One synthesis, undertaken by the Task Force on Empirically Supported Interventions in School Psychology, found moderate to large effect sizes across family intervention domains (i.e., parent education, parent involvement, family/parent consultation, family–school collaboration/partnerships, family systems therapy/family training, and early childhood family-focused interventions; Carlson & Christenson, 2005). Across these areas, certain intervention components stood out: those that stressed collaboration and dialogue between families and schools and joint monitoring of student progress; parent interventions that focused on specific, measurable outcomes; family involvement interventions that emphasized the role of parents as tutors in a defined subject area; and school–family consultation (Christenson & Carlson, 2005).
This information is useful to districts as they look to implement evidence-based practices to improve student achievement and other positive outcomes. Furthermore, some of these components—collaboration, shared monitoring, and dialogue—are directly applicable to educators as they seek to establish relationships and work with families to support student learning in general (Christenson & Carlson, 2005) and within RTI models (Reschly & Christenson, in press). In addition, there is even some evidence of poorer outcomes for students and family functioning when families are excluded from counseling and other therapeutic interventions (Szapocznik & Prado, 2007); and finally, working in either home or school, rather than across the two, misses an opportunity to pair the power of prevention and early intervention services inherent in RTI with the two primary socializing agents of our students—families and schools (Reschly, Coolong, Christenson, & Gutkin, 2007).
There are a number of ways schools and families may work together. There is a difference, however, in involving families to meet goals and activities defined by the school and working with families to support student learning. The latter requires positive, engaged relationships (Reschly & Christenson, in press) and collaboration among educators and families. Definitions of family–school partnerships highlight the need for shared accountability, goals/priorities, responsibility, and contributions (Fantuzzo, Tighe, & Childs, 2000; Jordan, Orzco, & Averett, 2001), as well as the need for student-focused problem solving (Christenson & Sheridan, 2001). Structured problem solving is the central to both RTI (Marston, Reschly, Lau, Canter, & Muyskens, 2007) and the creation of partnerships among families and educators. In other words, problem solving is the orientation and set of activities that brings families and educators together to support student learning and competence in RTI models.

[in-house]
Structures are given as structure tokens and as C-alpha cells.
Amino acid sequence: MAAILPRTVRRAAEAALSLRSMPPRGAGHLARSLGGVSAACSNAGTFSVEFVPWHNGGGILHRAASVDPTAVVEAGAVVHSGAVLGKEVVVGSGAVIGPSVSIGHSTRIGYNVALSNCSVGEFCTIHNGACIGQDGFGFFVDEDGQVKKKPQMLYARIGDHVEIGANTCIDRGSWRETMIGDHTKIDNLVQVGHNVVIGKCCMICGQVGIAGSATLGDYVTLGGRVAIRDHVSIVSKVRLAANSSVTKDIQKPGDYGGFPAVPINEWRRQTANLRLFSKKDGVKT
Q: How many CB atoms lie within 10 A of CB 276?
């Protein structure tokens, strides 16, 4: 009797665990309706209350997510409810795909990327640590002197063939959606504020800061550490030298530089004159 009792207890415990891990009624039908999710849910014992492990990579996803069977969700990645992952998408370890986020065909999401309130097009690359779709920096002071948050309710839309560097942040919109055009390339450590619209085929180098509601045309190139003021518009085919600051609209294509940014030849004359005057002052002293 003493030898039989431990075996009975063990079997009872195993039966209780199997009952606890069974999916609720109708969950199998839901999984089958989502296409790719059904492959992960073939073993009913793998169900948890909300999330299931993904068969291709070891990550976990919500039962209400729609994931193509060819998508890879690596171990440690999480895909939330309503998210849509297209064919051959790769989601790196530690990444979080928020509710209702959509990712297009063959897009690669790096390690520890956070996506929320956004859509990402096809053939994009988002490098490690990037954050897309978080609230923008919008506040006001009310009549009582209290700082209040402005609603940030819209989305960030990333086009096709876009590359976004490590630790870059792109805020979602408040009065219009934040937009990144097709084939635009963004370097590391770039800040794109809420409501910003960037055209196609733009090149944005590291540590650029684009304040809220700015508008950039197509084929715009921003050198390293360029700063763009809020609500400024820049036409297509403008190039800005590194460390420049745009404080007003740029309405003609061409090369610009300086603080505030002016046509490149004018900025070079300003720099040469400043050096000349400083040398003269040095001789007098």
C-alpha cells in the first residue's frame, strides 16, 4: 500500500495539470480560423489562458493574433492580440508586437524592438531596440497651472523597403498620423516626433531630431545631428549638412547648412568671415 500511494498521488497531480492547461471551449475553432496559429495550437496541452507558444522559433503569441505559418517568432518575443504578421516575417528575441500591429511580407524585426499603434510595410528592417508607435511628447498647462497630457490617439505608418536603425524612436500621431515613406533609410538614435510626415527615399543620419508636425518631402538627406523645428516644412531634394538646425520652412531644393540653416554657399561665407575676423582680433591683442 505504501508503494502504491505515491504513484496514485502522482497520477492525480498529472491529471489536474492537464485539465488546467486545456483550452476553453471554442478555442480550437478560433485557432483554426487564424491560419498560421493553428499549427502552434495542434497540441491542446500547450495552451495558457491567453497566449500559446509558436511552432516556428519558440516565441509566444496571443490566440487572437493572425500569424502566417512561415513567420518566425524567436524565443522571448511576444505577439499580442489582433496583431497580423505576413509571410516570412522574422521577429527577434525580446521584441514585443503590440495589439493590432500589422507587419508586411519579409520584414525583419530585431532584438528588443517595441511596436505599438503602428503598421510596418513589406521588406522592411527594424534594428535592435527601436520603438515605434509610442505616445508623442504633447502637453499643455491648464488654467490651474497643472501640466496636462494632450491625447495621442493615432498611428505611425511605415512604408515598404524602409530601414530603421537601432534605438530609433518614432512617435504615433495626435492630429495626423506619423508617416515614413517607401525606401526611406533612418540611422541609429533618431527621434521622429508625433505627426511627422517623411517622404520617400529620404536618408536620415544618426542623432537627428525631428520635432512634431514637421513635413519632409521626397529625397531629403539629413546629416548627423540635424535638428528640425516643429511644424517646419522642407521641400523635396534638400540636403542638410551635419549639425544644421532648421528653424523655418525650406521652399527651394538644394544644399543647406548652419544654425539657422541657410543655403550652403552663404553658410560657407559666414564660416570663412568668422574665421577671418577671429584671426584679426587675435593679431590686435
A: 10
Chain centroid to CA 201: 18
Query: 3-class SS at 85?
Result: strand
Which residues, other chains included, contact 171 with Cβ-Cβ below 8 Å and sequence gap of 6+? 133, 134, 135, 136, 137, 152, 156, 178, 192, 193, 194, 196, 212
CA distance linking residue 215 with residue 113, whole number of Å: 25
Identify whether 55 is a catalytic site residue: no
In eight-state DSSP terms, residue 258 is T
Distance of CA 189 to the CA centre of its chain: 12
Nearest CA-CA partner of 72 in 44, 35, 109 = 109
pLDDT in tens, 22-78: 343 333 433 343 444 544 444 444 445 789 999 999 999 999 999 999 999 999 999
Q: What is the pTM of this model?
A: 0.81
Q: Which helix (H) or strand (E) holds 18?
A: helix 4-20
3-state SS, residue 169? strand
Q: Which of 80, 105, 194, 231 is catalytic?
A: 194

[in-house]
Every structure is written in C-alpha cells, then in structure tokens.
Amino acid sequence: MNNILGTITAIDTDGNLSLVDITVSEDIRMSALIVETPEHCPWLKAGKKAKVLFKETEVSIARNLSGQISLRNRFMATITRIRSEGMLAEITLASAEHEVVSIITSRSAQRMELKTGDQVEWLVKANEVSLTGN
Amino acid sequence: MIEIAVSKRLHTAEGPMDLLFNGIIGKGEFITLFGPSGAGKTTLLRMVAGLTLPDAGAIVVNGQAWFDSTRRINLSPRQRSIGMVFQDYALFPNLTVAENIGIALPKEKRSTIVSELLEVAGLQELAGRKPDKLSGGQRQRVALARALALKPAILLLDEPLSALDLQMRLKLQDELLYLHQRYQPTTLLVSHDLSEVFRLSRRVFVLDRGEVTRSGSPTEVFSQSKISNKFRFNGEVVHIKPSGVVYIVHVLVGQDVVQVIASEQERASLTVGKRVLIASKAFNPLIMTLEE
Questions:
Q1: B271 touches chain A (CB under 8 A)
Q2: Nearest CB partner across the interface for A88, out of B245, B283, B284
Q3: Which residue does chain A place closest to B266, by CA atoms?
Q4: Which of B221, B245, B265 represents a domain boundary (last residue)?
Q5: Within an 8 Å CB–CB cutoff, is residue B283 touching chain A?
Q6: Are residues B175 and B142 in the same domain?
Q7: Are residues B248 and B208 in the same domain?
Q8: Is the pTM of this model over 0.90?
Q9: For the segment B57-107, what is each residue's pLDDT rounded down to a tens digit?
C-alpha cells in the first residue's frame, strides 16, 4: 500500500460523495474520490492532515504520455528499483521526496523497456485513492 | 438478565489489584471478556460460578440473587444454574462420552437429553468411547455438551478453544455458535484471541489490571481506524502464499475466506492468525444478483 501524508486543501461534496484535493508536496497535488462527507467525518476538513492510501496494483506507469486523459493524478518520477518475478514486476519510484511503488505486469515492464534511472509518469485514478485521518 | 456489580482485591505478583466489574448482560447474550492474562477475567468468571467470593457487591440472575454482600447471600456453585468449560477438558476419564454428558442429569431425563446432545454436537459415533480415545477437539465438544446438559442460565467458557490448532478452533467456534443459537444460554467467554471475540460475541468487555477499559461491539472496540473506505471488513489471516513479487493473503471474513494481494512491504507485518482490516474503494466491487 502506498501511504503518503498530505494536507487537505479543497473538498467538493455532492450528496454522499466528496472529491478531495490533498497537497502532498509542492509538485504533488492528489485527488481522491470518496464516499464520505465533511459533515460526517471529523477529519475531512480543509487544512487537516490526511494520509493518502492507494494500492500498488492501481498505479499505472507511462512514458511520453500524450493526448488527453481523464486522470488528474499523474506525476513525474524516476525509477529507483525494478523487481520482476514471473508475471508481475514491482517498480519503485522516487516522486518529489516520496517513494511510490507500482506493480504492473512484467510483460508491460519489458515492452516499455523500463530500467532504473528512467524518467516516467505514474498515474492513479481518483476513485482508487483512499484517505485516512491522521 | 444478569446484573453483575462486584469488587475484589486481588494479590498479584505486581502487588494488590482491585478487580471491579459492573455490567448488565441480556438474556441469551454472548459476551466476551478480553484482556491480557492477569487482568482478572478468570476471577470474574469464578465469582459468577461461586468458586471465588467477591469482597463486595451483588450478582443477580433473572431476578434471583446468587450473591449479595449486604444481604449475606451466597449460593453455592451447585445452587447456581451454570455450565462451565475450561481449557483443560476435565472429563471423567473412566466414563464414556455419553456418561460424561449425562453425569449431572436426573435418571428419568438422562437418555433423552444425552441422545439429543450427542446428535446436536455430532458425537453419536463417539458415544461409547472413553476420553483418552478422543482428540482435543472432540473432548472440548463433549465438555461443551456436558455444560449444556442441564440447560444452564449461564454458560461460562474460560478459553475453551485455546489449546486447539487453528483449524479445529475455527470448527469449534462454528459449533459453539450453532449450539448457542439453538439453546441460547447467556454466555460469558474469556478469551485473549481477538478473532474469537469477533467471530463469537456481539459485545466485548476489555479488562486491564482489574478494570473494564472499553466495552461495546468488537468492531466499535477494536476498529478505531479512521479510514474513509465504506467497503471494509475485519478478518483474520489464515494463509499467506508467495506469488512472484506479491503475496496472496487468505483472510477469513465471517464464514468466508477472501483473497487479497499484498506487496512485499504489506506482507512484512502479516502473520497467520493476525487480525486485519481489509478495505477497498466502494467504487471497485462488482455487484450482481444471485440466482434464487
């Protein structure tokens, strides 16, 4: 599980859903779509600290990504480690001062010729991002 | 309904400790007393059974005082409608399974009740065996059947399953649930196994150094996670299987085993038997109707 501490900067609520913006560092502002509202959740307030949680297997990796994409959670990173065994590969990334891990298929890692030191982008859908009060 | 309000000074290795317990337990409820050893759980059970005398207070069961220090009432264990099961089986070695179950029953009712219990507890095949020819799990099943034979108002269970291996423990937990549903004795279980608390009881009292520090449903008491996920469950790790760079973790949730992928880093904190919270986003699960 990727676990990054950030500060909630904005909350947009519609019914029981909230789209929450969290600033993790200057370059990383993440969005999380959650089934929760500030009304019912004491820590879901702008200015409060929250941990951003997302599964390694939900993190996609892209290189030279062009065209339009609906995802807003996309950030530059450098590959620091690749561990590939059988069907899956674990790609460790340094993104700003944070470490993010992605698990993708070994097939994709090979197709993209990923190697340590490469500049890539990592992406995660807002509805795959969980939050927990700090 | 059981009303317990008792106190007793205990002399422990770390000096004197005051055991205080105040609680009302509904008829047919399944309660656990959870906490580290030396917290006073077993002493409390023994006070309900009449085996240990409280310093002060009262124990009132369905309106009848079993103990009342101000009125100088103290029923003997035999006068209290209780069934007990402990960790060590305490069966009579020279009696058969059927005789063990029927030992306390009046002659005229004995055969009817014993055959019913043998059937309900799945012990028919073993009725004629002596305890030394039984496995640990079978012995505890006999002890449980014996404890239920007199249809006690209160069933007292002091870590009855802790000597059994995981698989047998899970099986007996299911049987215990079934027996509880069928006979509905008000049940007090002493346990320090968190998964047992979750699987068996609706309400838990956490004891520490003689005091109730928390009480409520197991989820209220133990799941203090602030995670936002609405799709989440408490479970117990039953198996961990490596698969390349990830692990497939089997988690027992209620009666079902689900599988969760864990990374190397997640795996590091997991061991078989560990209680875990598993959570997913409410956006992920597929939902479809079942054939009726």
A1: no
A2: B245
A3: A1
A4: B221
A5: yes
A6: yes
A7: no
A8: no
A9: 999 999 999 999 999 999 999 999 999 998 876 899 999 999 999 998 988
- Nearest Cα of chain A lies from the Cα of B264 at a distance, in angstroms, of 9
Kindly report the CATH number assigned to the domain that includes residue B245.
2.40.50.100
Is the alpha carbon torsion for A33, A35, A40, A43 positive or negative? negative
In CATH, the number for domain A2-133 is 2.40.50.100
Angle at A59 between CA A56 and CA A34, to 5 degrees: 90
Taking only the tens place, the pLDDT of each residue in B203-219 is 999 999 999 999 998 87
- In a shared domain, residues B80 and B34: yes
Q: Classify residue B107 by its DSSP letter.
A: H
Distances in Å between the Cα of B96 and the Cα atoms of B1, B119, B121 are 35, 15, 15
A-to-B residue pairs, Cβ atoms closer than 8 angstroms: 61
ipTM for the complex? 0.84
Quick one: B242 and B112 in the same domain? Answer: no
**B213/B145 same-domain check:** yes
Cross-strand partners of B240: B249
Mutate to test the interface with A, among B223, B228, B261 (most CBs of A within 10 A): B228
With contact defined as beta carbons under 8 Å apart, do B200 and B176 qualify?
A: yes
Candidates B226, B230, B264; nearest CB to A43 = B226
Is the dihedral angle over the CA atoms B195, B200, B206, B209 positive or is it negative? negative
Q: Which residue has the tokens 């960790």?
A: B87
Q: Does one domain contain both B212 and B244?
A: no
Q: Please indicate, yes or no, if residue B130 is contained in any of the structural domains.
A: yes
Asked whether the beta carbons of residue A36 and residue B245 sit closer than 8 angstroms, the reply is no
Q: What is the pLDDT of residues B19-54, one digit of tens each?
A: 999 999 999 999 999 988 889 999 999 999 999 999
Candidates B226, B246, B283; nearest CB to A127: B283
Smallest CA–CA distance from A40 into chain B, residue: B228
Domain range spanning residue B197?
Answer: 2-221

Family-School Partnerships and RTI
RTI represents a significant change in educational practices. Several of these changes, such as the focus on prevention, screening, and early intervention; frequent, systematic data collection; and the change in focus from “where to teach students” to questions of “how,” “what,” and “is this working” to produce optimal student learning (Reschly et al., 2007), segue to the creation of engaged, positive relationships and problem-solving efforts across families and schools—sharing information, goals, and responsibility.
Each tier of the RTI model represents a greater intensity of services and problem solving and more frequent data collection. When family–school partnerships are included as part of RTI, each subsequent tier also represents greater frequency of communication and joint problem solving among families and educators. The idea of leveled or tiered family–school collaboration and partnerships is not new. Moles (1993) described a series of roles for families and educators that represented shared responsibility and participation. These “co-roles” were represented in the form of a pyramid, much like the tiers of RTI (see Figure 1). In addition, just as in RTI, each subsequent level “co” role for families and schools required greater amounts of time, commitment, and contribution on the part of families and educators.